Helen R. Quinn is professor emerita of physics at SLAC National Accelerator Laboratory at Stanford University. She was elected to the National Academy of Sciences in 2003 and was president of the American Physical Society in 2004. As a theoretical physicist, her research has focused on particle physics such as nuclear forces, antimatter, and dark matter. In addition to her scholarship in physics, she has had long-term involvement in science education and in the continuing education of science teachers. She was an active contributor to the California State Science Standards development process. She recently chaired the Committee on a Conceptual Framework for New K-12 Science Education Standards for the National Research Council. (Bio from the Stanford NGSS Assessment Project)

Contact:
Email:  quinn@slac.stanford.edu 

What inspired me to go into science?
“I was fortunate to have both parents and teachers who encouraged me to be curious about the world. I never thought I would have a lifelong career as a scientist but at each step of the way some one or more people encouraged me to take the next step and I kept going forward following my interests. Perhaps the most unique message came from my excellent high school math teacher Miss Cunningham, who one day told me ‘Helen, you could be a mathematician, because you are so lazy! You will never do a problem the long and boring way, you always try to find a clever way.’ I puzzled over whether this was praise or criticism, but the grounding she gave in mathematical reasoning was important as I became a theoretical physicist, which is a very mathematics-based profession.” - Dr. Quinn (provided in an email)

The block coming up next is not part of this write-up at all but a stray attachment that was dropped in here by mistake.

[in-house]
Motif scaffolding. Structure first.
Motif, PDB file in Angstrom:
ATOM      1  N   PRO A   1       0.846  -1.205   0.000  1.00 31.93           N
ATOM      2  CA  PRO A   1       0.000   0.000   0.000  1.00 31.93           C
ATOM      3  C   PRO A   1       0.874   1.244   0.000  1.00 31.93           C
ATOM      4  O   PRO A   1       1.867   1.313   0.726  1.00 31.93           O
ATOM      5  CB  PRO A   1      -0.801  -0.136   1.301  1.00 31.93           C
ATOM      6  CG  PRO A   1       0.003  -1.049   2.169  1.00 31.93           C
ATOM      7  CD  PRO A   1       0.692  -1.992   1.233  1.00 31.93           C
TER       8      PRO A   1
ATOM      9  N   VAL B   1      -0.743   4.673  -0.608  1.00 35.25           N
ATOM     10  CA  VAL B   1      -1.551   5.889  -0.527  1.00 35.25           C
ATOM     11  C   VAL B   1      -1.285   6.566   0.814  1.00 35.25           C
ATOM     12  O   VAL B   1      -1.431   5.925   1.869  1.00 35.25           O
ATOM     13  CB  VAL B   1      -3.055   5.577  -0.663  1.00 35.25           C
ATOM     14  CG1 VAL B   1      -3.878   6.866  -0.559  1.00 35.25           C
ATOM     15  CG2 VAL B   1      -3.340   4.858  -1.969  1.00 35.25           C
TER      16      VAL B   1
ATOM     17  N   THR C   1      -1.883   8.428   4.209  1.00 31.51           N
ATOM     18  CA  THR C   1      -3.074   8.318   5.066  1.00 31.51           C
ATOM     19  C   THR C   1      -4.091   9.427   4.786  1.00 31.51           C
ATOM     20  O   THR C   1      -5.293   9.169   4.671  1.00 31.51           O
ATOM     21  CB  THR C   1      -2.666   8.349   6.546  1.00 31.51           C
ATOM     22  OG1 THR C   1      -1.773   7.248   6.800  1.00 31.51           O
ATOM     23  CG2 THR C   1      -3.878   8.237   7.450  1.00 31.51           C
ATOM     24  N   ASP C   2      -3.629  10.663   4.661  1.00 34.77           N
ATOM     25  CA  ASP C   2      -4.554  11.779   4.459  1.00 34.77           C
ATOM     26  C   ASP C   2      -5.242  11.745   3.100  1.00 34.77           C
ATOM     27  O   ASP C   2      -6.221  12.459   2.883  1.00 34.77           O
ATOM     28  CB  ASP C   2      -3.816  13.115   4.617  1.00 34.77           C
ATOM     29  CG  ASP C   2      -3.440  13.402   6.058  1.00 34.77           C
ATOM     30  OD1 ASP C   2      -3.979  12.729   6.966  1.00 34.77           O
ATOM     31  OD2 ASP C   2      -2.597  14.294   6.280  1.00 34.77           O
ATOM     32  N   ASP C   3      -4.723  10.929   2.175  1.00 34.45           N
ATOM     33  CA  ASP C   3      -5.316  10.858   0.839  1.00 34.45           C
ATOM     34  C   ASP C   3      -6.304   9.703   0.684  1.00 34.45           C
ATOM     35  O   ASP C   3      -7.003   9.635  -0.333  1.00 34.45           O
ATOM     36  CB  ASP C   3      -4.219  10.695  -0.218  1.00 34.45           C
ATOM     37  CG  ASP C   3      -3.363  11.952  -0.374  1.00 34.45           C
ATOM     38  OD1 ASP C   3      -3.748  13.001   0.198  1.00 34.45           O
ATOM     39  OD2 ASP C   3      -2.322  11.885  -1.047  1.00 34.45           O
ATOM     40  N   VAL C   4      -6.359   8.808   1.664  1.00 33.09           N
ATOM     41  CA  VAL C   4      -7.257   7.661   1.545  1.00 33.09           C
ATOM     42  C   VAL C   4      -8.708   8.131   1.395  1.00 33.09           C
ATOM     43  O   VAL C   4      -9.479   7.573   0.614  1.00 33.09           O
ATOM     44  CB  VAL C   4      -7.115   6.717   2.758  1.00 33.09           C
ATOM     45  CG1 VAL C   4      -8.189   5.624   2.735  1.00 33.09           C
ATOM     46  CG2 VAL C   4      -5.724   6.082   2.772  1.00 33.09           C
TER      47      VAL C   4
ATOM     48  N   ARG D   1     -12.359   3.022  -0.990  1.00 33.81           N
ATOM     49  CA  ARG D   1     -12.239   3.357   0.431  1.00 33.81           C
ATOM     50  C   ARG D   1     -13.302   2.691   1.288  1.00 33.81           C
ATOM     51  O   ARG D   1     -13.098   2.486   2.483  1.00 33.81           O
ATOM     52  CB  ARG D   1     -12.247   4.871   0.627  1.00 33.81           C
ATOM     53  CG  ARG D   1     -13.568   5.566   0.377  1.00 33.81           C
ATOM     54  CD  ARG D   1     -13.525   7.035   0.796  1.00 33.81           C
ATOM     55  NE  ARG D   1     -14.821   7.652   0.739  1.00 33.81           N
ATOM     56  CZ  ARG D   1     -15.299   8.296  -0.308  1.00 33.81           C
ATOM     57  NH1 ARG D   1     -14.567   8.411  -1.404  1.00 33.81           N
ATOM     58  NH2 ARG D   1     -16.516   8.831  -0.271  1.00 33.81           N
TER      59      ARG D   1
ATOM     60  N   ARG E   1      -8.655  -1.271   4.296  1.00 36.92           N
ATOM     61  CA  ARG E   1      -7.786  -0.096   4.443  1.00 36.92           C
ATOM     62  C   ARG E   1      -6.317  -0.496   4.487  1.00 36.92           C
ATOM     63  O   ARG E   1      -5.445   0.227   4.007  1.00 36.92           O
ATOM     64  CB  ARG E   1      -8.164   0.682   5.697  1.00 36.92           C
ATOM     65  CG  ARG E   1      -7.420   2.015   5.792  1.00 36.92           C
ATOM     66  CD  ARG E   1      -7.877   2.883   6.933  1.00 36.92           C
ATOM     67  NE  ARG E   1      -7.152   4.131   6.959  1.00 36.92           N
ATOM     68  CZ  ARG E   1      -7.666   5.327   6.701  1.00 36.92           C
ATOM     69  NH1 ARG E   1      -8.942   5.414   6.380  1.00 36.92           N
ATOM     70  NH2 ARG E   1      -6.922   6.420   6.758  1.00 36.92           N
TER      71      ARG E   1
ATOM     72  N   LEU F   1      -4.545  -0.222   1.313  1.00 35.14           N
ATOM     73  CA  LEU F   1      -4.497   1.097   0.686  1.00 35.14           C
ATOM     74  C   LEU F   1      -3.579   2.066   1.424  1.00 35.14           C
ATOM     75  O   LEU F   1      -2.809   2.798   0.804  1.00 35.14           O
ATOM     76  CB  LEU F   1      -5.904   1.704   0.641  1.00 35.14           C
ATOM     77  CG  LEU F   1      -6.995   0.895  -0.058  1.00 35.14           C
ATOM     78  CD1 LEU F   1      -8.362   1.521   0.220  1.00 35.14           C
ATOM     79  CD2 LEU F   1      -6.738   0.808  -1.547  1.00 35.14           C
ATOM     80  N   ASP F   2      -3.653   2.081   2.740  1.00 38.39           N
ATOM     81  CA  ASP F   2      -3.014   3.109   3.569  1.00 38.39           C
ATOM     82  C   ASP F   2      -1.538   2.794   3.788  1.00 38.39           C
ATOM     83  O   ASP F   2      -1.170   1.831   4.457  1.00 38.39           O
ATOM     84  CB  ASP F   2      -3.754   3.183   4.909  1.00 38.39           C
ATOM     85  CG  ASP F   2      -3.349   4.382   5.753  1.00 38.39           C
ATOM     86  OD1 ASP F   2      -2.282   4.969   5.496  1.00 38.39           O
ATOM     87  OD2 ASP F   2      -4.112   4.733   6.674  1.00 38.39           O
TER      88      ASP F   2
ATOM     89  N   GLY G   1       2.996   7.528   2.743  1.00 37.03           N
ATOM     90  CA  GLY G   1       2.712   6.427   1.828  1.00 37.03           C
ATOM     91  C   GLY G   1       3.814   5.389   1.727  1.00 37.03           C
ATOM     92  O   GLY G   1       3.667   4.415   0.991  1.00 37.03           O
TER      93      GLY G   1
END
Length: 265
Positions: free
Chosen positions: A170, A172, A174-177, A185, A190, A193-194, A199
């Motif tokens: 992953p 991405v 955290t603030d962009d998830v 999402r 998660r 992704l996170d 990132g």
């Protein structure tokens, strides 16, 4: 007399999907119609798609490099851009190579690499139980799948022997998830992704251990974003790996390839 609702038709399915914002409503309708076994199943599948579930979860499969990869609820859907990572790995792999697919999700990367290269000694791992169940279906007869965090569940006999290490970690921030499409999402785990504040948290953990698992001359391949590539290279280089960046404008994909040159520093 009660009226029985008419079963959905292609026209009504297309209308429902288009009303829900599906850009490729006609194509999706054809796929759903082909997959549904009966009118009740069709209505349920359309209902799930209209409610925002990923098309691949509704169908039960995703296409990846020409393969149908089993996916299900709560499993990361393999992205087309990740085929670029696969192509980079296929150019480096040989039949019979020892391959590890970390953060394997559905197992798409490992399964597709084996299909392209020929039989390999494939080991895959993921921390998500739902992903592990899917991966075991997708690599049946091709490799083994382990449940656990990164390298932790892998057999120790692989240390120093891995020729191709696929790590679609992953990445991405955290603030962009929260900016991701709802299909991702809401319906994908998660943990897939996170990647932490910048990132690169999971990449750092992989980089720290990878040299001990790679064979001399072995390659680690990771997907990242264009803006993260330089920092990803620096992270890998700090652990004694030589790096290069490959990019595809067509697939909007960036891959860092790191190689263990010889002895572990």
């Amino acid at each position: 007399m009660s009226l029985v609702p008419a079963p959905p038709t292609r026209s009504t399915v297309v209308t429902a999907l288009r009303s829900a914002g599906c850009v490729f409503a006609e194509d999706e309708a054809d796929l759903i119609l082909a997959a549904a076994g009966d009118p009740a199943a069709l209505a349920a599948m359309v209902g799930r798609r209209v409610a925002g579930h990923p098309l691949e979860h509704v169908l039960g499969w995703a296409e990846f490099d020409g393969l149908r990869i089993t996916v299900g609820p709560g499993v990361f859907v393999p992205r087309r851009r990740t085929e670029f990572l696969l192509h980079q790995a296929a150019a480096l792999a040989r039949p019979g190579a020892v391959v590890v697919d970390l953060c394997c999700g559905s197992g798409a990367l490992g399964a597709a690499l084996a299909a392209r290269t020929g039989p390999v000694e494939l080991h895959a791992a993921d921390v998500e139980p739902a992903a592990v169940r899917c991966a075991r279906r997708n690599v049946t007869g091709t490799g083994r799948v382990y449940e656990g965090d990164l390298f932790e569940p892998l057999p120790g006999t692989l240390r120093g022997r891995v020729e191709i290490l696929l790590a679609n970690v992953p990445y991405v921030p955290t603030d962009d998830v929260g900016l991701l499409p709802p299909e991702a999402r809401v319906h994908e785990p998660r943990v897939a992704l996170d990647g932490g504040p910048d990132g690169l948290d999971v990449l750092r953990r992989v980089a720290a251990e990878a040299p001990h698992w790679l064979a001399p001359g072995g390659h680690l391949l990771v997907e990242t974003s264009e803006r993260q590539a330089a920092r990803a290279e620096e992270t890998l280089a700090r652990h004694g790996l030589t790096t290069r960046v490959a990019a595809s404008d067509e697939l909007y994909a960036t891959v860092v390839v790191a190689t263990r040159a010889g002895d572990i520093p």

Children Text Resources

The Mystery of the Missing Antimatter, by Helen Quinn and Yossi Nir (advanced HS physics)

What's Smaller than a Pygmy Shrew? by Robert Wells (explore sizes and what small means, grades 1-3)

What Are Atoms? By Lisa Trumbauer and Linda Bullock (Upper elementary, basic info book)

Zoom by Isyan Banvai (K+, Students see a small piece of something, but it's deceiving! Keeps them guessing what it is. No words.)

NASA - background information on atoms - (5th grade +)

What's the Matter in Mr. Whisker's Room? by Michael Elsohn Ross and Paul Meisel (grades 2+)

Videos

K-5 song and video on matter from Untamed Science and a write-up from the NGSS@NSTA portal on how the video connects to the NGSS 

Ted-ED video - Just How Small Is an Atom? by Park and Bergmann (grade 5+)

Crash Course Chemistry video on The Nucleus (of the atom) from PBS Learning Media and Wisconsin Media Lab (may need Wisconsin IP address, MS+)

The Atom - videos and interactive learning from PBS Learning Media (grades 5+)

Teacher Materials

Overview of Dr. Quinn’s scientific and educational work, including an interview transcript, from Quanta

Another short biography of Dr. Quinn from Symmetry magazine